In view of the legal provisions above-mentioned and the conditions and procedure provided for in either case, it is evident that the proceeding instituted by Eusebio Falcon as well as the registration thereof in the registry, was not for ownership but merely for possession.

The principal reason invoked by the appellee in support of his contention that the land which he seeks to register is a part of that which he seeks to register is a part of that which originally belonged to Eusebio Falcon is that from the very beginning the land of Falcon was bounded on the south by a horse-shoe road. But the truth is that neither in the possessory information nor in the tax declarations presented by Falcon and Escaro was there ever any mention of the horse-shoe road as a boundary of all the land acquired by Falcon by possessory information. In the decision itself obtained by Escaro when he succeeded in registering the 268 hectares in his name and in that of his wife, the horse-shoe road was not mentioned as a boundary of said land on any of its four sides. The first time it was contended that the land of Falcon or any portion thereof was bounded on the east or on any side thereof by the horse-shoe road was when Escaro donated the portion of land which is the subject matter of the controversy. IN the deed executed for the purpose, it was stated for the first time that the land donated was bounded on the east by the old road of Manguiring or Gumaguingquing. There is, therefore, neither weight nor merit in the contention that the land under consideration forms a part of that described in Falcon’s possessory information because all the land of the latter was bounded on the southeast by the said horse-shoe road.

We have seen that if this land were a portion of that which formerly belonged to Eusebio Falcon, the result would be that the area of the entire land would reach 445 hectares, instead of 50 hectares, as clearly stated in the possessory information. The appellee insists that this discrepancy in the area is not important because in the identification of lands, their boundaries are controlling. The principle would be applicable if natural boundaries were involved; but in the instant case it will be seen that, except the north and south sides of the land, bounded by the San Miguel Bay and the Talacop River, respectively, the other sides were bounded by private and public lands.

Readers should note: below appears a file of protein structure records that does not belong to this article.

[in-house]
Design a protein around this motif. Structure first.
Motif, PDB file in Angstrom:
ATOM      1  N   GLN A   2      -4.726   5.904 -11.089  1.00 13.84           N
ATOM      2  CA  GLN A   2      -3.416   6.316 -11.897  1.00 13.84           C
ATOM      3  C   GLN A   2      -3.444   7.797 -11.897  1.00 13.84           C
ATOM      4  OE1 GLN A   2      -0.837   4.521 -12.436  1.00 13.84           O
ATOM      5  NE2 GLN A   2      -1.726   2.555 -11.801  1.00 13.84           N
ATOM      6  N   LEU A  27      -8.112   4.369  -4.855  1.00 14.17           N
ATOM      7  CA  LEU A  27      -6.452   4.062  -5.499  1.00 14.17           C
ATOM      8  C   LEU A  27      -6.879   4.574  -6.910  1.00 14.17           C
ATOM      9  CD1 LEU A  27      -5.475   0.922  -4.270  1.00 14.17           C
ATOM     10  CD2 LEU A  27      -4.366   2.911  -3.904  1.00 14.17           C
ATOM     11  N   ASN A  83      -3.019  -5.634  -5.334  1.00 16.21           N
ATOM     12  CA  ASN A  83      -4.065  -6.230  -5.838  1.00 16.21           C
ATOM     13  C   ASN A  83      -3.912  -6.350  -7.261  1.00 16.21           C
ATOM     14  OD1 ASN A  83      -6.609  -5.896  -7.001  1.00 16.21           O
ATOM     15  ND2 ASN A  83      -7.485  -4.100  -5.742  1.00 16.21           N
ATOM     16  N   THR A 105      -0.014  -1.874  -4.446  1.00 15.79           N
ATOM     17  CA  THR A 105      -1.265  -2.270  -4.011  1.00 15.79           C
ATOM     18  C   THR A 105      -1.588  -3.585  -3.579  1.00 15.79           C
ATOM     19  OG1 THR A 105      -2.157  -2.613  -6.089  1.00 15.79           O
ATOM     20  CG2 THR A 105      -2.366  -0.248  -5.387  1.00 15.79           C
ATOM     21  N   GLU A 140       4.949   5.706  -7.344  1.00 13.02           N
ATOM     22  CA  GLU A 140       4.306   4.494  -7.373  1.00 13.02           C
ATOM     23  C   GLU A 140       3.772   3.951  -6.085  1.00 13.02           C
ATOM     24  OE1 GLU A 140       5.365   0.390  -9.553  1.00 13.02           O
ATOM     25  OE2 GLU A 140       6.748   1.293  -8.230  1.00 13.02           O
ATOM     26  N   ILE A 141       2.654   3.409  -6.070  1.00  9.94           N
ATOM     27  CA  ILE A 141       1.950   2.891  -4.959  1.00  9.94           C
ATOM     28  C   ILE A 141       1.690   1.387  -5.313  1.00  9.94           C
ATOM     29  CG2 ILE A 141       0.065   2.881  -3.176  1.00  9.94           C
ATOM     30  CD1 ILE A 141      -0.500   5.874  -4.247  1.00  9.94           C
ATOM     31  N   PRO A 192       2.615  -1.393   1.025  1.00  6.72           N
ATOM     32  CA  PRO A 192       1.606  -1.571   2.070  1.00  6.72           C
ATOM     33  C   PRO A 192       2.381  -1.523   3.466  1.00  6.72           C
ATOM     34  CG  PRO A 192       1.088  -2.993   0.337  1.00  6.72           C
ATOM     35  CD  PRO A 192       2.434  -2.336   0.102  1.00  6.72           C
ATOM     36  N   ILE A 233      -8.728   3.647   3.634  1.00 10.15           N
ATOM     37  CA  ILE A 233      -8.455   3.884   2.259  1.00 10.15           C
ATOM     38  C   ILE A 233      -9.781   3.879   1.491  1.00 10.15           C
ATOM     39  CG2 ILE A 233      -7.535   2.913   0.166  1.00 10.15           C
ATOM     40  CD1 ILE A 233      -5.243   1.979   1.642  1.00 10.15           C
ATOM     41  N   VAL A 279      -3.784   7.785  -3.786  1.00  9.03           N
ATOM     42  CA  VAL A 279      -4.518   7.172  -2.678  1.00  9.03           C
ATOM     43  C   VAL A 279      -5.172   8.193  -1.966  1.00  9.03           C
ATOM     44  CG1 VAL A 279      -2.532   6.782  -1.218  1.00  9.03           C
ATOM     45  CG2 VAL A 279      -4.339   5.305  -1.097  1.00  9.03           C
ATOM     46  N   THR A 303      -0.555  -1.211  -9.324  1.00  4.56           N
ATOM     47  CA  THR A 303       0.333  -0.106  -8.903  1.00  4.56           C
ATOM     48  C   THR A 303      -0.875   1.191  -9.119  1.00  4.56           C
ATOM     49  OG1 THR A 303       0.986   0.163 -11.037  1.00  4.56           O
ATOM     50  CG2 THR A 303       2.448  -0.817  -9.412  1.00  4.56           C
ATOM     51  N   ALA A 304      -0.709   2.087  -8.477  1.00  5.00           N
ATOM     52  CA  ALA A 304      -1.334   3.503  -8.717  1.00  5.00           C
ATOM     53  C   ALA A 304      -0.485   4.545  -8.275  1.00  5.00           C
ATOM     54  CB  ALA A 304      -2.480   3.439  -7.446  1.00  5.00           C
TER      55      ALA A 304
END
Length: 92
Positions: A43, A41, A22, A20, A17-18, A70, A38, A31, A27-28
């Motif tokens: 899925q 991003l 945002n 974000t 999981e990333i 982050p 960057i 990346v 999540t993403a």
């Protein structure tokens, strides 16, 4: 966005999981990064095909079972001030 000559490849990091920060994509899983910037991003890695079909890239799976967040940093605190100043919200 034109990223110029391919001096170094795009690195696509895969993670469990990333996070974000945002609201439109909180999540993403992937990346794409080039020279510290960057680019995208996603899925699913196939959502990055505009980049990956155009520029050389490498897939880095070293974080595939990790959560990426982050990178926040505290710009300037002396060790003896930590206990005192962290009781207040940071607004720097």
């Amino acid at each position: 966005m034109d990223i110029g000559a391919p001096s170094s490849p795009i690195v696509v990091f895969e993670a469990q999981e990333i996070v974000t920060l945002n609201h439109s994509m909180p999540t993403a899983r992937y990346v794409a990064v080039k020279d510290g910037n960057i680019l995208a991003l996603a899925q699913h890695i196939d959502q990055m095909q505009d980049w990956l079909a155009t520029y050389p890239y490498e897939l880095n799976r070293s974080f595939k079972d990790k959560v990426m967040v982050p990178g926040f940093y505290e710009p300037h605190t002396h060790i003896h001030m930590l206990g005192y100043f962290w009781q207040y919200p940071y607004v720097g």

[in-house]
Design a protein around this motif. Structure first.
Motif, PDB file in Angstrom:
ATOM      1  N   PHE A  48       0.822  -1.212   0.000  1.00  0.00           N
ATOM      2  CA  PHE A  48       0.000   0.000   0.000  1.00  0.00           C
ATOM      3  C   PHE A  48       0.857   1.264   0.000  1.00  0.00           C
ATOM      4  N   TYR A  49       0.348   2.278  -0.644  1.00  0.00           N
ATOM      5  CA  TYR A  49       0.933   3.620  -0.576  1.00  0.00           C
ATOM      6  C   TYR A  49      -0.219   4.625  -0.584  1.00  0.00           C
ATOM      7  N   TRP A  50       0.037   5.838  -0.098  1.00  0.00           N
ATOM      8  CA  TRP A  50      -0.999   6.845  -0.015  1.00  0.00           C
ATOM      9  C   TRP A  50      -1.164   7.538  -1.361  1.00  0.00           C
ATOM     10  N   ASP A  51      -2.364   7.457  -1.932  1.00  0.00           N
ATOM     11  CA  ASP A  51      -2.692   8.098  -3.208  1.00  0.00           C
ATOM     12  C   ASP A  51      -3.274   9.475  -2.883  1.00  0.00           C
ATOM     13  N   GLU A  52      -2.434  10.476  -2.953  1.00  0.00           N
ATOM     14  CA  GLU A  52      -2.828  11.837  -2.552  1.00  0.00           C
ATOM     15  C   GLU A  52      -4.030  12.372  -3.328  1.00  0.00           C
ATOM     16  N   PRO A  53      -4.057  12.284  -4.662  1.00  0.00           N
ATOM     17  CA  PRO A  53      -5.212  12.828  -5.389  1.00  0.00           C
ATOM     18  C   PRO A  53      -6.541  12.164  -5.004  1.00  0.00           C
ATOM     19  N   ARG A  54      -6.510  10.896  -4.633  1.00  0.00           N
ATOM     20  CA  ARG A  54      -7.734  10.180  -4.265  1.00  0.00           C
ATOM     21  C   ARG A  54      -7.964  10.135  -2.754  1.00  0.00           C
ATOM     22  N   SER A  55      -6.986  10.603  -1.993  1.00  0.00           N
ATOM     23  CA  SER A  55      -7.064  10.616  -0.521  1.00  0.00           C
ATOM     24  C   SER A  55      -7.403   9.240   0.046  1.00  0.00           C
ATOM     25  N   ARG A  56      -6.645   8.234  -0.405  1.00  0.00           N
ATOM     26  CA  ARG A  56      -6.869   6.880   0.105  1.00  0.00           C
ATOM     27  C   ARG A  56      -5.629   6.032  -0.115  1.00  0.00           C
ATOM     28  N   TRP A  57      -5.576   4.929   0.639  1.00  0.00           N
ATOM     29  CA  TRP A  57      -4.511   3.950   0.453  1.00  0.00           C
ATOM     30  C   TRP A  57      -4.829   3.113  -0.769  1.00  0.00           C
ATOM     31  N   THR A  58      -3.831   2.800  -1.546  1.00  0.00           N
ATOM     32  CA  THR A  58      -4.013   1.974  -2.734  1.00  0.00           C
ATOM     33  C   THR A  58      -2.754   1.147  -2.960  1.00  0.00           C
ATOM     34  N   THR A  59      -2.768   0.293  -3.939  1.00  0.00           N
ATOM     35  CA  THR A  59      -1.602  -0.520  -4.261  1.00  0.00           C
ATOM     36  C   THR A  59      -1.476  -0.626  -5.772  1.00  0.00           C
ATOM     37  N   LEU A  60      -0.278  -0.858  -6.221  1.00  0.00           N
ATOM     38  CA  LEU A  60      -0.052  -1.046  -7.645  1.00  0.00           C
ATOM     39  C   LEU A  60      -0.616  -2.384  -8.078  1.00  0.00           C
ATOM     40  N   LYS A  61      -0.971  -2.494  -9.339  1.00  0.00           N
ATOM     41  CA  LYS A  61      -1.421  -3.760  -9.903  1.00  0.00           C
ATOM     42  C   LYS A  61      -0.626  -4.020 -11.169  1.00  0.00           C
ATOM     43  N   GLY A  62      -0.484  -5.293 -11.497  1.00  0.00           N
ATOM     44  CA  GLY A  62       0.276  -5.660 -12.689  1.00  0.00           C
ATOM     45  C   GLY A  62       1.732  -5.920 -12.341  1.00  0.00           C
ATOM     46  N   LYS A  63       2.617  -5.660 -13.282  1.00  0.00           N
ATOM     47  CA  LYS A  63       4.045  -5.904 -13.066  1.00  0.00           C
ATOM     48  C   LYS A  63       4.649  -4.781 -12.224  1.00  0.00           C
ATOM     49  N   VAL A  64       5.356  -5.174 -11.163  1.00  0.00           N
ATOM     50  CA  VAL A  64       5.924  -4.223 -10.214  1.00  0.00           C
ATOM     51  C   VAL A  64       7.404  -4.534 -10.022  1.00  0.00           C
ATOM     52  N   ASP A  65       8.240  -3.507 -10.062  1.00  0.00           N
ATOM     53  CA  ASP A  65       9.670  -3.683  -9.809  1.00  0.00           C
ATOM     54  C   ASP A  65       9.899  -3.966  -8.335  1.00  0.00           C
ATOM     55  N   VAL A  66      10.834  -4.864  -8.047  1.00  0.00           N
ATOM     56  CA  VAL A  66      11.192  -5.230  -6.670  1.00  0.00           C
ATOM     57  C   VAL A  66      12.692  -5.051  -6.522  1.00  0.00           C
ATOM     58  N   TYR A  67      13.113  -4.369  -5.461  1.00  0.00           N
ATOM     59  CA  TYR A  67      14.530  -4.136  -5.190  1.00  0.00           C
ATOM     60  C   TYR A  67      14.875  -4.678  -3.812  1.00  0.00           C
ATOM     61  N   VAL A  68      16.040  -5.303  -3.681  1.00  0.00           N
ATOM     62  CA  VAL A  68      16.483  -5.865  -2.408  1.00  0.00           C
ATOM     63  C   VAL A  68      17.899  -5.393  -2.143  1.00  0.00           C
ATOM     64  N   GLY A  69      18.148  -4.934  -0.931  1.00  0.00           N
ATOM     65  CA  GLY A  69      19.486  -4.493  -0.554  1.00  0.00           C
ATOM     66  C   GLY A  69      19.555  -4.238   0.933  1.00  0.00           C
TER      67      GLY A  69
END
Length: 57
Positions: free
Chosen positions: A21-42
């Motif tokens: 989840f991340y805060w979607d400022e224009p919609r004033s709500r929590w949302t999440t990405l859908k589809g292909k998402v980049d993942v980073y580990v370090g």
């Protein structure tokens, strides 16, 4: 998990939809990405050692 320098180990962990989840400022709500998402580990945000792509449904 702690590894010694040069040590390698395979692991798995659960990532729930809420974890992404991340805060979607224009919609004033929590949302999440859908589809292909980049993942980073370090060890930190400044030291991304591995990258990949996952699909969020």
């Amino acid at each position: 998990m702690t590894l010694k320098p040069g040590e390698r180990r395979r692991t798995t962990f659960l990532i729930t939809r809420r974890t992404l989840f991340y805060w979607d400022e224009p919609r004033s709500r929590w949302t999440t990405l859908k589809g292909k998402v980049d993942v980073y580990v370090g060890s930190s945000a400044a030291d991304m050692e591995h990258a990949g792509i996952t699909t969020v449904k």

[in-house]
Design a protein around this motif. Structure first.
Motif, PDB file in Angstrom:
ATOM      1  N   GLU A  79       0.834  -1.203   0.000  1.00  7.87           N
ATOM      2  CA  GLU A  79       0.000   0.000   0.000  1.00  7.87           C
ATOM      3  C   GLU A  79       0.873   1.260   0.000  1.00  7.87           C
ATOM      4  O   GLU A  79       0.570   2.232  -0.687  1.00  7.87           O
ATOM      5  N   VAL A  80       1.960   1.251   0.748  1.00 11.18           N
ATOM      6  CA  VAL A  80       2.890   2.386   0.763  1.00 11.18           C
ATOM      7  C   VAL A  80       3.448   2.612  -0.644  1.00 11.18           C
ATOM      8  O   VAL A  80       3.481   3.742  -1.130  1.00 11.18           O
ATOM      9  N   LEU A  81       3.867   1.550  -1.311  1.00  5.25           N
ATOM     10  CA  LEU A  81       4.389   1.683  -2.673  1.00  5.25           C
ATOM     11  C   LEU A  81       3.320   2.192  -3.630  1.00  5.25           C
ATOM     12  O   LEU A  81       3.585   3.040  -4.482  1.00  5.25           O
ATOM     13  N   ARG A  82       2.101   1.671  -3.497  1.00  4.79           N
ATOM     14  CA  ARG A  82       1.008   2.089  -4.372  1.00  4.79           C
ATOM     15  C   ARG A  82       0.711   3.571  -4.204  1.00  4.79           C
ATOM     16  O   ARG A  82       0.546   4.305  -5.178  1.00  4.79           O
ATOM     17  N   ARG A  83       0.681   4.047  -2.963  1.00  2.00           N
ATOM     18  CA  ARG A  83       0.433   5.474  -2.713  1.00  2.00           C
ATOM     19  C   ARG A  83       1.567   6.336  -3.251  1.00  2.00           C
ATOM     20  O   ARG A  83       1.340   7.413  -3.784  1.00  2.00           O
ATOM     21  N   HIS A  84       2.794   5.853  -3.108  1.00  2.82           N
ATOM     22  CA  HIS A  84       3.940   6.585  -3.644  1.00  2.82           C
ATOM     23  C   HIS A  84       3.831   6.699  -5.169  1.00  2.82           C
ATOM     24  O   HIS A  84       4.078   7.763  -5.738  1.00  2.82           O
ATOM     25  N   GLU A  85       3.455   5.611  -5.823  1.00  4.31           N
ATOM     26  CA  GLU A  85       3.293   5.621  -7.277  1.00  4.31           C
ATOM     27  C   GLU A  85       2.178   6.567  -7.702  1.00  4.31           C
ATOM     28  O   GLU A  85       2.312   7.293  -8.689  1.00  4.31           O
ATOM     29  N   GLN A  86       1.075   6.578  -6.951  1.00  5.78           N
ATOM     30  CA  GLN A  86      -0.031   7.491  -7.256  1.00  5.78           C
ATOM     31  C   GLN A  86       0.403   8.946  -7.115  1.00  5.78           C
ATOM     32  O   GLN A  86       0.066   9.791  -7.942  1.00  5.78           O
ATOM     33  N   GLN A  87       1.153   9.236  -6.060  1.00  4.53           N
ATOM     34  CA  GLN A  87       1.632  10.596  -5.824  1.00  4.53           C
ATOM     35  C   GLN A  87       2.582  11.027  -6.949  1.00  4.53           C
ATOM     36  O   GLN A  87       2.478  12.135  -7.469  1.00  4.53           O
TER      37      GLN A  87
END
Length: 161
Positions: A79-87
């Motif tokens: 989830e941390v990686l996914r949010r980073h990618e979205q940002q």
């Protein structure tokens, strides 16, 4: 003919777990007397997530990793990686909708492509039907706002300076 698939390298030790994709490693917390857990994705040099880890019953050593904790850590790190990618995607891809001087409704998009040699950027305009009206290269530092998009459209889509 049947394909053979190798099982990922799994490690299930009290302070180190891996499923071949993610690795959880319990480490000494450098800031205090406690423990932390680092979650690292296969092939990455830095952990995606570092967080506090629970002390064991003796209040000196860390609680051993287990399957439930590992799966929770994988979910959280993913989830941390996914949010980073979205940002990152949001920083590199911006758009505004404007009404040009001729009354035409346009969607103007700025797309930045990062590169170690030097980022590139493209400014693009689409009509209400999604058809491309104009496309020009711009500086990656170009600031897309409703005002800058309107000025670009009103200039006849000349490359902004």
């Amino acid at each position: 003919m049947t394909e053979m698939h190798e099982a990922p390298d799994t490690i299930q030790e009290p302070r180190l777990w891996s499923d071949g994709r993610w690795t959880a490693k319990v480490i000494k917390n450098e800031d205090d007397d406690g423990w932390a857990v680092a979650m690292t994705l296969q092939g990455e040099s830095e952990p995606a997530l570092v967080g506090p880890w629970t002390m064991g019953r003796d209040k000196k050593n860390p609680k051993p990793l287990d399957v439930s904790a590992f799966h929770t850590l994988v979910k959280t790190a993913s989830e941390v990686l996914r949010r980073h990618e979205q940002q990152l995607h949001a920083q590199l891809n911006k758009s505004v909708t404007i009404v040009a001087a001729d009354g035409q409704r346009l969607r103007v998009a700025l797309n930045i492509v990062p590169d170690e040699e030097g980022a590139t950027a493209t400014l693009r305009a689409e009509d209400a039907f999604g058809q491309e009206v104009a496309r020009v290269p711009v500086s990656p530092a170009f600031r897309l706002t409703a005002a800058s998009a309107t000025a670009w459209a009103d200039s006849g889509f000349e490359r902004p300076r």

The only questions, therefore, to be determined is whether the appellee was able to explain satisfactorily the great difference in area that would result if his theory were to be adopted. We have carefully gone over the evidence adduced on this point and are convinced that it is far from satisfactorily, least of all, persuasive.

In Pamintuan v. Insular Government (8 Phil., 485), the same question was raised because the land sought to be registered was greatly in excess of the area described in the deed of acquisition. This court then said:jgc:chanrobles.com.ph

"It appears from the deed of purchase dated August 16, 1876, that the land acquired by the applicants has an area of 50 quiñones more or less, and that it is bounded on the east by the lands of Anastasio Lising; on the west by forests of Carion and Pinanabtaban; on the south by the mountains and forests of Mabatid and Lomboy; and on the north by the River Parua. Both the area and the boundaries almost agree with the former and original documents of said land.